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Randal J. Kirk, Intrexon Corporation - Chairman and CEO [21]

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Yes. I can't give an estimate on the second question, Tycho. But on the first one, we have term sheets out to other parties right now. We are recording considerable interest. I don't think that people have really realized how significant what we've done here in terms of inverting the business model. So these are leading cancer research and treatment centers, which you can suppose are the ones that are most familiar with the competitors' product. They're licensing this technology from us and going to bear the cost of these clinical trials. So we suggest that perhaps some of the finest cancer researchers and physicians who examine our data believe that this program was pretty compelling. But again, as I mentioned a couple of minutes ago, it's all about clinical data ultimately. And so we are looking forward to that, which is not too far away now.

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Tycho W. Peterson, JP Morgan Chase & Co, Research Division - Senior Analyst [22]

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And then can you talk on, I guess, the FEL-2 engineering package what that entailed and what that implies for the construction of the 40,000 ton production facility?

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Randal J. Kirk, Intrexon Corporation - Chairman and CEO [23]

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Let's get you on the phone with Bob Walsh. He will be much better at explaining the details. But he once told me I was the only person in the world that didn't know what a FEL-2 engineering plan was, but I'm not sure that's correct. Let us hook you up off-line.

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Joel D. Liffmann, Intrexon Corporation - SVP of Finance [24]

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In his world, everyone knows.

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Randal J. Kirk, Intrexon Corporation - Chairman and CEO [25]

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He'll take you through it in detail, but thanks for the question.

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Tycho W. Peterson, JP Morgan Chase & Co, Research Division - Senior Analyst [26]

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All right. And then last 1 on OpEx, just kind of a higher-level question. As you guys have moved away from the ECC model, can you talk a little bit about where you're making your incremental investments? And I guess, when we should start to think about royalties and commercial sales starting to kick in to the model?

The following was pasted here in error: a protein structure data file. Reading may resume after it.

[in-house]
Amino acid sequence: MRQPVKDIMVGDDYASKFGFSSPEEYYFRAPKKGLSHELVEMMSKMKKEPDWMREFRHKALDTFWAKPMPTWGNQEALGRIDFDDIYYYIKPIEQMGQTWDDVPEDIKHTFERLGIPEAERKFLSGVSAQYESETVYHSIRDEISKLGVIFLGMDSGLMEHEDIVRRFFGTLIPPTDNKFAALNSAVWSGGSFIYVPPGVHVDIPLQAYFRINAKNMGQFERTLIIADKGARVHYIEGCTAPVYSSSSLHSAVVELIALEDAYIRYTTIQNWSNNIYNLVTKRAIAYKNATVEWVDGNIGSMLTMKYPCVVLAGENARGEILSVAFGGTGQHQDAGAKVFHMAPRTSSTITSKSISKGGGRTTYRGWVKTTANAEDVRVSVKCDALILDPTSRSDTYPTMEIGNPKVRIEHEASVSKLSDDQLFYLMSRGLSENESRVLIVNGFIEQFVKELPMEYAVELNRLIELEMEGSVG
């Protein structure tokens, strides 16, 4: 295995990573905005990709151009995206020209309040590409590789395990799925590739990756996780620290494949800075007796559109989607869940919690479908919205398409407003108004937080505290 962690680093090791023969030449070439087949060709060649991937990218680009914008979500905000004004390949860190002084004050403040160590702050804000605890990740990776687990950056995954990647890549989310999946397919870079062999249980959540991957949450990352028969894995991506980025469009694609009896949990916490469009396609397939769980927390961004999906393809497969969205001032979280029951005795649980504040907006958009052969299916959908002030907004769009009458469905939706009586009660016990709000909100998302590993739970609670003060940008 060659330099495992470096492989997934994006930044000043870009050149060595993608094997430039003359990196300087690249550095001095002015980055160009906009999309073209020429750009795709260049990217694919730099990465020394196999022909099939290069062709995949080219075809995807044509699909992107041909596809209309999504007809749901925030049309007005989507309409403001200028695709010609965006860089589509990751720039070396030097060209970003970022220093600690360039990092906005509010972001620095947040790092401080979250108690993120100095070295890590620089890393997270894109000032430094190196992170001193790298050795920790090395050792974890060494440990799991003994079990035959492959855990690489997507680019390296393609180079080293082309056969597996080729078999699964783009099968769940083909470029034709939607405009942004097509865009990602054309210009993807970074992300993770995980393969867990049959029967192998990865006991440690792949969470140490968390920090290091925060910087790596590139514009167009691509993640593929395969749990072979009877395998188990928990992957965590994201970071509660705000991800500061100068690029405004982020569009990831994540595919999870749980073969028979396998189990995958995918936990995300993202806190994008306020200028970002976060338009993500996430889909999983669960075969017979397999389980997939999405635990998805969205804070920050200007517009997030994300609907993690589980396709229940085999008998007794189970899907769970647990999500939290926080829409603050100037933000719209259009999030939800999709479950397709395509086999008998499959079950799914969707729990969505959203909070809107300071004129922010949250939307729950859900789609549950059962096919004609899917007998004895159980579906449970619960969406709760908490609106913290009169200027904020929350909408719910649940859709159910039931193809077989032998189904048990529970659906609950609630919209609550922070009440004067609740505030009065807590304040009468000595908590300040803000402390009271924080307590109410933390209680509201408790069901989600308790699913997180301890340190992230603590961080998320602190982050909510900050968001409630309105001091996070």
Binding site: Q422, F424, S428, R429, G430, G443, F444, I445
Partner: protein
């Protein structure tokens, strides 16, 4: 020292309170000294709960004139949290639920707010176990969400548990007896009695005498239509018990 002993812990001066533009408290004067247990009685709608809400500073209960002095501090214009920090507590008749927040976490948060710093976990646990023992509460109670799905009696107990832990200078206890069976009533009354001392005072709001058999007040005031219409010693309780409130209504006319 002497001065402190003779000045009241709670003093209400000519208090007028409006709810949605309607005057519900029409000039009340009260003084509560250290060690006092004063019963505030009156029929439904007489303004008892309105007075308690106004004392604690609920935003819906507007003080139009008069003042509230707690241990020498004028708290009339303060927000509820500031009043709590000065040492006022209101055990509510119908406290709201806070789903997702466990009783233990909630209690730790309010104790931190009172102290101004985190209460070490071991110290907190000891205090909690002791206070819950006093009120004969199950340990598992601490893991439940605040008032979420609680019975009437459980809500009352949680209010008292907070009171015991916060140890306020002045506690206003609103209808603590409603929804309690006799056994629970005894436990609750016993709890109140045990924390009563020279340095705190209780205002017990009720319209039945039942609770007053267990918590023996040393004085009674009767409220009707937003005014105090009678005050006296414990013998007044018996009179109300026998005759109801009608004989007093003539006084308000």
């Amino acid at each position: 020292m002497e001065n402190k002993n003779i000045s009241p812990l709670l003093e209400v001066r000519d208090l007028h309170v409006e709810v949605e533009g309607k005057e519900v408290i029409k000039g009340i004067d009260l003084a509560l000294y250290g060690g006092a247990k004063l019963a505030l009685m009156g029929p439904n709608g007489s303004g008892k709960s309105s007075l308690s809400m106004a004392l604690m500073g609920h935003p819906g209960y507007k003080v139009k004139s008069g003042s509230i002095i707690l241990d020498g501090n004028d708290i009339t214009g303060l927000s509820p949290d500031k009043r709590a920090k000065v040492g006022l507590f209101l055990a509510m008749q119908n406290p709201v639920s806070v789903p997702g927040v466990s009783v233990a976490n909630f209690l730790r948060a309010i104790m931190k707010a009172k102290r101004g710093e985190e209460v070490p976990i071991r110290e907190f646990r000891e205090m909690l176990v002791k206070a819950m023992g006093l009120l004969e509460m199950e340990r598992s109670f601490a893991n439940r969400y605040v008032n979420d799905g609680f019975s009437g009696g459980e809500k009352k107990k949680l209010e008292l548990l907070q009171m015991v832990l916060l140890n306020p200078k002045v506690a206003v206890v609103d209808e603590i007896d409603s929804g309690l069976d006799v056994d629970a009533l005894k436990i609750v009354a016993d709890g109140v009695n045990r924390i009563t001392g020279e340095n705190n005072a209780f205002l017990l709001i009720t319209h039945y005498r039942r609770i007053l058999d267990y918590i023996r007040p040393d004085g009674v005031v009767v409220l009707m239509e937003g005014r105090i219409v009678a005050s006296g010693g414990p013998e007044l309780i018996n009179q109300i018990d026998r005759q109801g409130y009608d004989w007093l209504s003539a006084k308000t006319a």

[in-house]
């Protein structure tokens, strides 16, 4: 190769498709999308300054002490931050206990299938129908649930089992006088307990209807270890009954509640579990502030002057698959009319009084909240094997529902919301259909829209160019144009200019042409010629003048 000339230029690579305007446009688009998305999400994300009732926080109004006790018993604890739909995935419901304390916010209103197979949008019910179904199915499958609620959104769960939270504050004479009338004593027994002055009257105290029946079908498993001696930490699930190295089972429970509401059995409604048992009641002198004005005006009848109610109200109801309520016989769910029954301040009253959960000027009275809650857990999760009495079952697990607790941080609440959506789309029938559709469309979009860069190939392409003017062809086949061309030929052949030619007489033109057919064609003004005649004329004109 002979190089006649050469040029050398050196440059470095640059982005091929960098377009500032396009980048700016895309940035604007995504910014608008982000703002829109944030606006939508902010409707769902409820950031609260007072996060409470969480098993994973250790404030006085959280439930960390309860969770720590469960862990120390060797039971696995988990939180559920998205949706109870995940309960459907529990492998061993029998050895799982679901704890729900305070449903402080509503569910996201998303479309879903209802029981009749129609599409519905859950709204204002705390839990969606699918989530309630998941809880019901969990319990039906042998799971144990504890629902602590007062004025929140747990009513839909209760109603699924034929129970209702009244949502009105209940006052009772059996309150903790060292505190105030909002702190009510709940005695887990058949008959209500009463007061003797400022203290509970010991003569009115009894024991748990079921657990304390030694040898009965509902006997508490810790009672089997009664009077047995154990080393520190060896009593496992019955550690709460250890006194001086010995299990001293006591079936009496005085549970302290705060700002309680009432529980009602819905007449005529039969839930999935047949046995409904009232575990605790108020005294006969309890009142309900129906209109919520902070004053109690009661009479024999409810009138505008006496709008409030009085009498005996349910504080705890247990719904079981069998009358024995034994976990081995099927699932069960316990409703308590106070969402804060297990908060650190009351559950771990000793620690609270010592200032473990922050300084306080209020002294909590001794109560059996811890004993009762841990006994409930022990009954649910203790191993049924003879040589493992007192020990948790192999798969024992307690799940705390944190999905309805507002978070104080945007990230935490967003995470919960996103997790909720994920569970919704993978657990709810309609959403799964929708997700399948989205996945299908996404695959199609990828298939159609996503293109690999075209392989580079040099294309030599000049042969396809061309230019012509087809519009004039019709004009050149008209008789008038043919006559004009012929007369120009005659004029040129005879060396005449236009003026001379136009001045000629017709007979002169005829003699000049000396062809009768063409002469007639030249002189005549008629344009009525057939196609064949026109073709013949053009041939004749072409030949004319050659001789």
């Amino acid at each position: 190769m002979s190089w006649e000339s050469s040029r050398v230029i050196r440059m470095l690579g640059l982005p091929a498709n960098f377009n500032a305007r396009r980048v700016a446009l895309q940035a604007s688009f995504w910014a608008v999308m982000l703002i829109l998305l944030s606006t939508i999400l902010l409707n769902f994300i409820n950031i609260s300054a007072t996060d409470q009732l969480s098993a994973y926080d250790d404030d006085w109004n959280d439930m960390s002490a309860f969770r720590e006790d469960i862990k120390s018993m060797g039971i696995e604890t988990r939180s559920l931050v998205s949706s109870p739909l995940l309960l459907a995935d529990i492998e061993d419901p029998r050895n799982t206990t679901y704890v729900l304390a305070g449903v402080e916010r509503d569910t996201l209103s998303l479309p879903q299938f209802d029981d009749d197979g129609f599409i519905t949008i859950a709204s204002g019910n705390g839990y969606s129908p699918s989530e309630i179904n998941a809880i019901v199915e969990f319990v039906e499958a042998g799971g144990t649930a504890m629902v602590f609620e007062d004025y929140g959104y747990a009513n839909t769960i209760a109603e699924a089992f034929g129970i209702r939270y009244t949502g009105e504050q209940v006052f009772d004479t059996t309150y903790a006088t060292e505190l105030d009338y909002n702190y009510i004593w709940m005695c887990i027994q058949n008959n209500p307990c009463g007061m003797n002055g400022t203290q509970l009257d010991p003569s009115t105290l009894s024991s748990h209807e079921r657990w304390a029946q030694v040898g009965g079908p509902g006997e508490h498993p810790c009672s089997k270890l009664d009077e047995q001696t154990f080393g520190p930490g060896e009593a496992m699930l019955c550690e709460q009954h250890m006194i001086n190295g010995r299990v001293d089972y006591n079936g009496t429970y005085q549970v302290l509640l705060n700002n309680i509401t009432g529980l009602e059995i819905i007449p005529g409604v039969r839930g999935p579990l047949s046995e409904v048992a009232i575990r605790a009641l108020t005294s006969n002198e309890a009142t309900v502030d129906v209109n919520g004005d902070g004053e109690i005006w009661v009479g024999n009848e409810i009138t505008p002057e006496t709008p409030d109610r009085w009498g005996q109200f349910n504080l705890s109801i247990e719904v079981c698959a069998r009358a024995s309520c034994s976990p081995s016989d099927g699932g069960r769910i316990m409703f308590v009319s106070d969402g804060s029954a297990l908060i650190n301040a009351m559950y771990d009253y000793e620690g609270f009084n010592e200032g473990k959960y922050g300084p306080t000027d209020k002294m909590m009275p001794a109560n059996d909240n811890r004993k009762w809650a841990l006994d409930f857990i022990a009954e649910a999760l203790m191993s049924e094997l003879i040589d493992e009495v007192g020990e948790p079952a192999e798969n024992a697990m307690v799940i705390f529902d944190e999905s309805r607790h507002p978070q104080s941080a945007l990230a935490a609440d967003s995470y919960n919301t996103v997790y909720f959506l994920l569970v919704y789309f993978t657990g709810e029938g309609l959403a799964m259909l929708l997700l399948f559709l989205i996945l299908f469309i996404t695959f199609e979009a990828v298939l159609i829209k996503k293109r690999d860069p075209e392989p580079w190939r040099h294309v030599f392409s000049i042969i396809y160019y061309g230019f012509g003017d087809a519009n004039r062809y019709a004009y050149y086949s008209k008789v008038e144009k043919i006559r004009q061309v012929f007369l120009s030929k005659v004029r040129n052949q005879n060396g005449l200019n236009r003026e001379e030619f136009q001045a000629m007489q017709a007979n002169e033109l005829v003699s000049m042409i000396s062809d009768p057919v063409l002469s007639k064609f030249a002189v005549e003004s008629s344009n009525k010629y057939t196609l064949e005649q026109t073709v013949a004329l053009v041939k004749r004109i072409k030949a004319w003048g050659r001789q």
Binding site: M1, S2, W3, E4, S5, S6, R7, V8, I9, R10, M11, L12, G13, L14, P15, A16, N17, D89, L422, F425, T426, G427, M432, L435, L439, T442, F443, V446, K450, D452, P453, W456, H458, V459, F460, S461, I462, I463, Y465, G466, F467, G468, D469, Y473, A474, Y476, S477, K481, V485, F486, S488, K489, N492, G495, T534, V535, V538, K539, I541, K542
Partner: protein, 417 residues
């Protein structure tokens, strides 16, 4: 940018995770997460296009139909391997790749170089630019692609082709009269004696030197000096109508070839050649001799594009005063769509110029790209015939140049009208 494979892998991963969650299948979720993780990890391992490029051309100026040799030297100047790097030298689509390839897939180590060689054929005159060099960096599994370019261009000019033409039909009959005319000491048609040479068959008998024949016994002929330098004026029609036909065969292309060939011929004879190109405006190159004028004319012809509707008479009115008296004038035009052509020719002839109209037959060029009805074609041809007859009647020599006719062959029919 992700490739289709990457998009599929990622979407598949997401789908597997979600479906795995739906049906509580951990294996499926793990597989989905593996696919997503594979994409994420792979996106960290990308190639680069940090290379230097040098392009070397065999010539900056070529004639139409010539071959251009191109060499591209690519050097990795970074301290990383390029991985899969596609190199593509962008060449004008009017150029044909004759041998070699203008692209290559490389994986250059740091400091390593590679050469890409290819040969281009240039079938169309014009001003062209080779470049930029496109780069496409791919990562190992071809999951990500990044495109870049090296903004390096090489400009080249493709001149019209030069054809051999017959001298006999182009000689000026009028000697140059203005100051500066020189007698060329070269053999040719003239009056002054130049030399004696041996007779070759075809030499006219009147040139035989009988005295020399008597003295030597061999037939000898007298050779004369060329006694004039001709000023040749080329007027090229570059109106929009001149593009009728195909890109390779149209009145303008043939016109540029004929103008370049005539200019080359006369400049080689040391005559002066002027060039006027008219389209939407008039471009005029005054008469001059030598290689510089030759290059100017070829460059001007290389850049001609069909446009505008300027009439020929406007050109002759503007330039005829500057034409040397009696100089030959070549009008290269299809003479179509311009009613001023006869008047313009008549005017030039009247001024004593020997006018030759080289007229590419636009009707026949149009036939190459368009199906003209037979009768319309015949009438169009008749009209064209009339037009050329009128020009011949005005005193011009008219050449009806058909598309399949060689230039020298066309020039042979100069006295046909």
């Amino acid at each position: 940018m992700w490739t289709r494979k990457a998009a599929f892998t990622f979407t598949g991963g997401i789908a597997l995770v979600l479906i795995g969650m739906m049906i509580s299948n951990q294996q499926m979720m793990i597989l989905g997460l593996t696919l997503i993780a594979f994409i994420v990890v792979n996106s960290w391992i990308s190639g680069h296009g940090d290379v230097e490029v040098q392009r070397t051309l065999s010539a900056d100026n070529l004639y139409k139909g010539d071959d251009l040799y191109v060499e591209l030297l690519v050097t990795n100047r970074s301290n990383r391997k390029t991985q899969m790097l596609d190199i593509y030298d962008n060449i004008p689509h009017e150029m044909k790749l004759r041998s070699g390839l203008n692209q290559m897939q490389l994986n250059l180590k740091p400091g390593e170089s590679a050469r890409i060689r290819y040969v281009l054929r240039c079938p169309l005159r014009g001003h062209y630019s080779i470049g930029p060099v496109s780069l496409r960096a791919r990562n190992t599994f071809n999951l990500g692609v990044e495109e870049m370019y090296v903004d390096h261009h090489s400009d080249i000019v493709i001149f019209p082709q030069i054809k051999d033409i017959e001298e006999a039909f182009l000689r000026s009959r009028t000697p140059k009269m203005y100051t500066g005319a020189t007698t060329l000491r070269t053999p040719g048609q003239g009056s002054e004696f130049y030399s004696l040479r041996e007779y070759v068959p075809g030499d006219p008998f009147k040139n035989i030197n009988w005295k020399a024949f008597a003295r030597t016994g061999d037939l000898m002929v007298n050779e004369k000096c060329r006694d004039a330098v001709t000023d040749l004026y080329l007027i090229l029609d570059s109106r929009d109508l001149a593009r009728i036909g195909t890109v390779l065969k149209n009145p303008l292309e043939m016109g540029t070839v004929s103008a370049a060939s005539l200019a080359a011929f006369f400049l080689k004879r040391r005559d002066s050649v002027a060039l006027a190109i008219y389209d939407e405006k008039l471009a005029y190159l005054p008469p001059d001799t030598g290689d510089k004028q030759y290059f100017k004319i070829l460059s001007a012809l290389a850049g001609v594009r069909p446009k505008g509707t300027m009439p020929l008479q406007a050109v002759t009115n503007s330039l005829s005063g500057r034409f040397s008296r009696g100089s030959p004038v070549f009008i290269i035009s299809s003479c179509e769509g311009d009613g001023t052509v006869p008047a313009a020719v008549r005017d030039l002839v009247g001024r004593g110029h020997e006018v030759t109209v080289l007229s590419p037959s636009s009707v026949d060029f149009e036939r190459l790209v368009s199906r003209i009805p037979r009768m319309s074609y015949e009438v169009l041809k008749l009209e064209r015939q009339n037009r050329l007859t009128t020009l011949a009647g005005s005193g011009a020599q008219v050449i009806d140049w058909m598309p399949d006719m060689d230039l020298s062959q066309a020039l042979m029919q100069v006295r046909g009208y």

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Randal J. Kirk, Intrexon Corporation - Chairman and CEO [27]

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Sure. Yes. So I think what you'll see initially, Tycho, and what we think is really going to be the big driver we hope to be and expect to be the big driver for us financially in 2018 is transaction money. And what I mean by that is, look, we publicly announced we have 4 partnering programs on mature platforms underway at the current time. And so I think the first thing we would expect because our target in each of these cases would be to achieve something like a joint venture. So I think the first thing you'd see would be the transaction money from these. But some of them are actually commercializable now and as they're mature, and so stay tuned.

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Operator [28]

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And our next question is from Alex Schwartz with Stifel.

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Alexander Duke Schwartz, Stifel, Nicolaus & Company, Incorporated, Research Division - Associate [29]

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My first question was with your Point of Care CAR-T trial, approximately how many cells do you infuse back into the patients? So we have a pretty good sense of how many cells your competitors infuse into their patients. How many are you looking to infuse? And any sense of how long your membrane-bound IL-15 cells are persistent in comparison to competitor cells?

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Randal J. Kirk, Intrexon Corporation - Chairman and CEO [30]